A new document introduced in the latest Apple versus Samsung trial shines a light on an ongoing point of contention for market share statistics: sales versus shipments. Sales of devices don’t always translate to shipments, but the two are often confused. It seems the document suggests that Samsung’s performance in the tablet market may not have been as successful as we have been led to believe. In fact, they may not have had much success at all.
The trial, which has mushroomed into a war on integrity at this point, produced an internal Samsung document that showed their sales of Galaxy Tab devices was so slight they were being eclipsed by Kindle devices and Nook sales. Not only were sales known to be diminutive, Samsung knew about them, and purposefully mislead analysts and investors about the health of their tablet business.
In slides from the trial, which you can see below, Samsung spells out Galaxy Tab sales both quarterly and annually in the US. Quarterly sales were in the hundreds of thousands, while annual sales were roughly one million tablets for 2011. This was a contrast to — by Samsung’s own metrics — 17.4 million iPads sold, 5 million Kindle Fire tablets, and 1.5 million Nook devices sold in the US for 2011.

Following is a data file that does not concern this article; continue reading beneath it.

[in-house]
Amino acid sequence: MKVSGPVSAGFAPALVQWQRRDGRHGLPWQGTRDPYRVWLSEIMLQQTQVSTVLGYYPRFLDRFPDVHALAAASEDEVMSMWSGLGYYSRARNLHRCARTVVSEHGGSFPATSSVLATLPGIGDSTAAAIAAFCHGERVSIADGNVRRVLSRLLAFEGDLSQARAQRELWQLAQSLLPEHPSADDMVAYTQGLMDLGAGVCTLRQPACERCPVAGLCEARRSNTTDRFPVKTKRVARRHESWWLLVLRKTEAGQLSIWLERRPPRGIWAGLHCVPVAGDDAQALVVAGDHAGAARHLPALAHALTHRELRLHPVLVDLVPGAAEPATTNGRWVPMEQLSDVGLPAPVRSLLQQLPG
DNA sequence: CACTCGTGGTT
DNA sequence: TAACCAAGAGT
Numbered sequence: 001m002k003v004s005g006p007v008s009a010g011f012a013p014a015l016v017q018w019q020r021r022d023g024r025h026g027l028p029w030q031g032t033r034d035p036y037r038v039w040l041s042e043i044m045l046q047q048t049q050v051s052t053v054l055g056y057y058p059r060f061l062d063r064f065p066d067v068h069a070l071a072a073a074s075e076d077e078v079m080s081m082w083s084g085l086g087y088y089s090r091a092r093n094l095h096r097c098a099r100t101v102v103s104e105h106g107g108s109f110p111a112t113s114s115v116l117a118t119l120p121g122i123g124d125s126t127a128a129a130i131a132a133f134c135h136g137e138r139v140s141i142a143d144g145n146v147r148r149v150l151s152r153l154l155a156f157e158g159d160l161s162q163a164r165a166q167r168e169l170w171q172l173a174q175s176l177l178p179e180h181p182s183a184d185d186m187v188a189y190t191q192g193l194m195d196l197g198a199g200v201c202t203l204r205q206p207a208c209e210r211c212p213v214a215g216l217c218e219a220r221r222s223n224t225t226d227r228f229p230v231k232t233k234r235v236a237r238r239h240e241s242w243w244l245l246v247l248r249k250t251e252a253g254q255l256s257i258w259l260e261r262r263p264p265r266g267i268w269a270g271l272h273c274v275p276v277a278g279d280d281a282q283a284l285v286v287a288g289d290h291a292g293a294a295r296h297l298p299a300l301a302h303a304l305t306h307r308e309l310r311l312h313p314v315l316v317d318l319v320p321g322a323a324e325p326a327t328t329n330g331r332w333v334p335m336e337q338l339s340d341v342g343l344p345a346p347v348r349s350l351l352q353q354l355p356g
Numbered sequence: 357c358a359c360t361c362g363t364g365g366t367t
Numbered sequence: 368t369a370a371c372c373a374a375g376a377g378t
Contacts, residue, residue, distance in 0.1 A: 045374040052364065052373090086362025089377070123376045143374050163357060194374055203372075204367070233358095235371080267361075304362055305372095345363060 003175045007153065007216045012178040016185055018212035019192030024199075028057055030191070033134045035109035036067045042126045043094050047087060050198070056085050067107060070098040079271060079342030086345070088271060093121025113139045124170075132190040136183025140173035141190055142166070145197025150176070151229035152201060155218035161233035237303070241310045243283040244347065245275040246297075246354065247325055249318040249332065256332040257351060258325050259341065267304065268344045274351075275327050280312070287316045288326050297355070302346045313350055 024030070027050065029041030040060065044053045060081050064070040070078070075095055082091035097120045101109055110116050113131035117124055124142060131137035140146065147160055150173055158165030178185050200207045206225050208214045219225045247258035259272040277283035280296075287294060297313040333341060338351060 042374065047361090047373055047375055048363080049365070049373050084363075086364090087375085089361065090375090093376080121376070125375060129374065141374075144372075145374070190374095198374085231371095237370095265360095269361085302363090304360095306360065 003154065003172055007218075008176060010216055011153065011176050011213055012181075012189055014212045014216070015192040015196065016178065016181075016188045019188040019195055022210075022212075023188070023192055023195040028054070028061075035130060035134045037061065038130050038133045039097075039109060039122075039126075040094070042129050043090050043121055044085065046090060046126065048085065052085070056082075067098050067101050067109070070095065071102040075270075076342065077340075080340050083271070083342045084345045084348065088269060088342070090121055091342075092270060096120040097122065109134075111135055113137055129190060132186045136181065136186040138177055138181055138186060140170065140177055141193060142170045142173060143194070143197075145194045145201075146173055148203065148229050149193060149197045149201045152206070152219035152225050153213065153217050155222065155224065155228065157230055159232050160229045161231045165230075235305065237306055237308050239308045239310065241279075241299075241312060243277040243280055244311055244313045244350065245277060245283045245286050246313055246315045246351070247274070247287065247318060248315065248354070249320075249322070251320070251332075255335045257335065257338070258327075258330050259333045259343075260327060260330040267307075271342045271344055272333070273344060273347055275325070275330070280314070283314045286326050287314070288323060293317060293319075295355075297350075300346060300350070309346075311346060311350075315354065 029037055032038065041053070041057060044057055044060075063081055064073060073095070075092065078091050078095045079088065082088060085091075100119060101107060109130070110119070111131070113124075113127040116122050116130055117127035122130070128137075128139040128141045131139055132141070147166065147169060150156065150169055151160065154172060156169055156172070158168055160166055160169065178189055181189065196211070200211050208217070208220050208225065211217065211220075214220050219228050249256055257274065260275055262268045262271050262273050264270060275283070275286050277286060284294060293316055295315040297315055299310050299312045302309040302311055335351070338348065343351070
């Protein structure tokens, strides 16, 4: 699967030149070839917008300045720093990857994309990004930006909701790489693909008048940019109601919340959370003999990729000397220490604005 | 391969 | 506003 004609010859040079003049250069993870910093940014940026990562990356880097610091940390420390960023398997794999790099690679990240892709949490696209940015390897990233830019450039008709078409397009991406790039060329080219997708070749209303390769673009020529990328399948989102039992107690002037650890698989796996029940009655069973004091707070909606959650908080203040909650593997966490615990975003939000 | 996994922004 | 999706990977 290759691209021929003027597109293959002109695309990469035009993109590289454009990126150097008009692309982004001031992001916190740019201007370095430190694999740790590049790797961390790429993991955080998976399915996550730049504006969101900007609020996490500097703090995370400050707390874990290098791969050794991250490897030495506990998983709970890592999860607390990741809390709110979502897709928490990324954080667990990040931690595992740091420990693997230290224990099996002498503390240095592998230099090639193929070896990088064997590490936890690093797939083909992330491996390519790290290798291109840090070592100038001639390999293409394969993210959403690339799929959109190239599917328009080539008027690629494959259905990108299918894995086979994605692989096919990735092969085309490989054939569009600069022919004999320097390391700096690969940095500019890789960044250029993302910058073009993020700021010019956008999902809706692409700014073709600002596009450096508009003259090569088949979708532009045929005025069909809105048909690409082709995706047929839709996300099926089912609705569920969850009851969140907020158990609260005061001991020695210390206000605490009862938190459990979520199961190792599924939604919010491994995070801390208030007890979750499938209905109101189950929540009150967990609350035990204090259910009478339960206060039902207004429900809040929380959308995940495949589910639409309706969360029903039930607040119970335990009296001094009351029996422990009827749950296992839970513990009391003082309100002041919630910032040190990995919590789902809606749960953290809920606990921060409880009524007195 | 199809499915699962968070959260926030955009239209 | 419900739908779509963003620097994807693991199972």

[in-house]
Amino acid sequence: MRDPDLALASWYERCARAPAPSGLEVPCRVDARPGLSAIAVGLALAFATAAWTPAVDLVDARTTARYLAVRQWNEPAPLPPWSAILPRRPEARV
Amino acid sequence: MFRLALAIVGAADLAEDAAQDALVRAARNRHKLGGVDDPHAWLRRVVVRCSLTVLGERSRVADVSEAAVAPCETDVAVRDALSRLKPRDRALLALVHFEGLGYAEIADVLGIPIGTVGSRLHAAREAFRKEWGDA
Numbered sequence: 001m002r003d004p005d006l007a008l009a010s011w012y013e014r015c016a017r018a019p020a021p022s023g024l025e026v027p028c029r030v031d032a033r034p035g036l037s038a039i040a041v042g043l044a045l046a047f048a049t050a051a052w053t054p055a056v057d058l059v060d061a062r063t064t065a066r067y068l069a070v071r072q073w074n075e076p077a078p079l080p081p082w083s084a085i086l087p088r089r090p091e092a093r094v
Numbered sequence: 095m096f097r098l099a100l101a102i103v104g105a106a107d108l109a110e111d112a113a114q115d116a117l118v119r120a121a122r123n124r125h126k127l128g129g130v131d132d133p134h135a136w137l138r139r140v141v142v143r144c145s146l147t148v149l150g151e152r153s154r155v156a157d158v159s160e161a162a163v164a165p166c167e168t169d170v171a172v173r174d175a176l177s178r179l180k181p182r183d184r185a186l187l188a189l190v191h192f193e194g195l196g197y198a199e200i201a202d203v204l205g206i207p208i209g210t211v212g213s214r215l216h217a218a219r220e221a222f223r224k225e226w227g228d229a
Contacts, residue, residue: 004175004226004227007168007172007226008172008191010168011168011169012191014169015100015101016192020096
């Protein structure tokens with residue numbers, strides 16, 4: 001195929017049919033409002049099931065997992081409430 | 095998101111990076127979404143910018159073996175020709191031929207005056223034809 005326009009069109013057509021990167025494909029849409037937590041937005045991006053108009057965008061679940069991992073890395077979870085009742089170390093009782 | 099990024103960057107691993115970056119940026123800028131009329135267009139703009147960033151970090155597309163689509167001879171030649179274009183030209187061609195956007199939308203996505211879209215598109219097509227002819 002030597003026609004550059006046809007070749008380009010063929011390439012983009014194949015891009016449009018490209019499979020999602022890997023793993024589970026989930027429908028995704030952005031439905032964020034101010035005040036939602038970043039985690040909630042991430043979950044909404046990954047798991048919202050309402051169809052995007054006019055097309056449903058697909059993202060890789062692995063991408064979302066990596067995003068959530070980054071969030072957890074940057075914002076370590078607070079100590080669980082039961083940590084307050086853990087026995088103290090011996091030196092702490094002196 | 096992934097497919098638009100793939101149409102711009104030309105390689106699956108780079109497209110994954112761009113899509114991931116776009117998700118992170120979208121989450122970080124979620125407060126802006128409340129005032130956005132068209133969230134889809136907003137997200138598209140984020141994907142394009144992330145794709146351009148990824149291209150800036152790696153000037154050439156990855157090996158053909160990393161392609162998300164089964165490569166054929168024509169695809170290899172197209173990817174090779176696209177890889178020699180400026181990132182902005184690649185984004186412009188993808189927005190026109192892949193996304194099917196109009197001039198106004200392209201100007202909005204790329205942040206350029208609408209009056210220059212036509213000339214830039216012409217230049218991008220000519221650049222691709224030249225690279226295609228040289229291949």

It seems we now have a reason for those numbers, and it has to do with sales versus shipments -- and how they're reported, both to analysts, and to us. Samsung tablet sales simply weren’t what analysts and investors were led to believe, causing inflated metrics and market share statistics. That, in turn, is related to us as a false sense of popularity for Samsung tablets. We’ll keep in mind the slides shown are internal Samsung documents, which lends a damning credence to the revelations.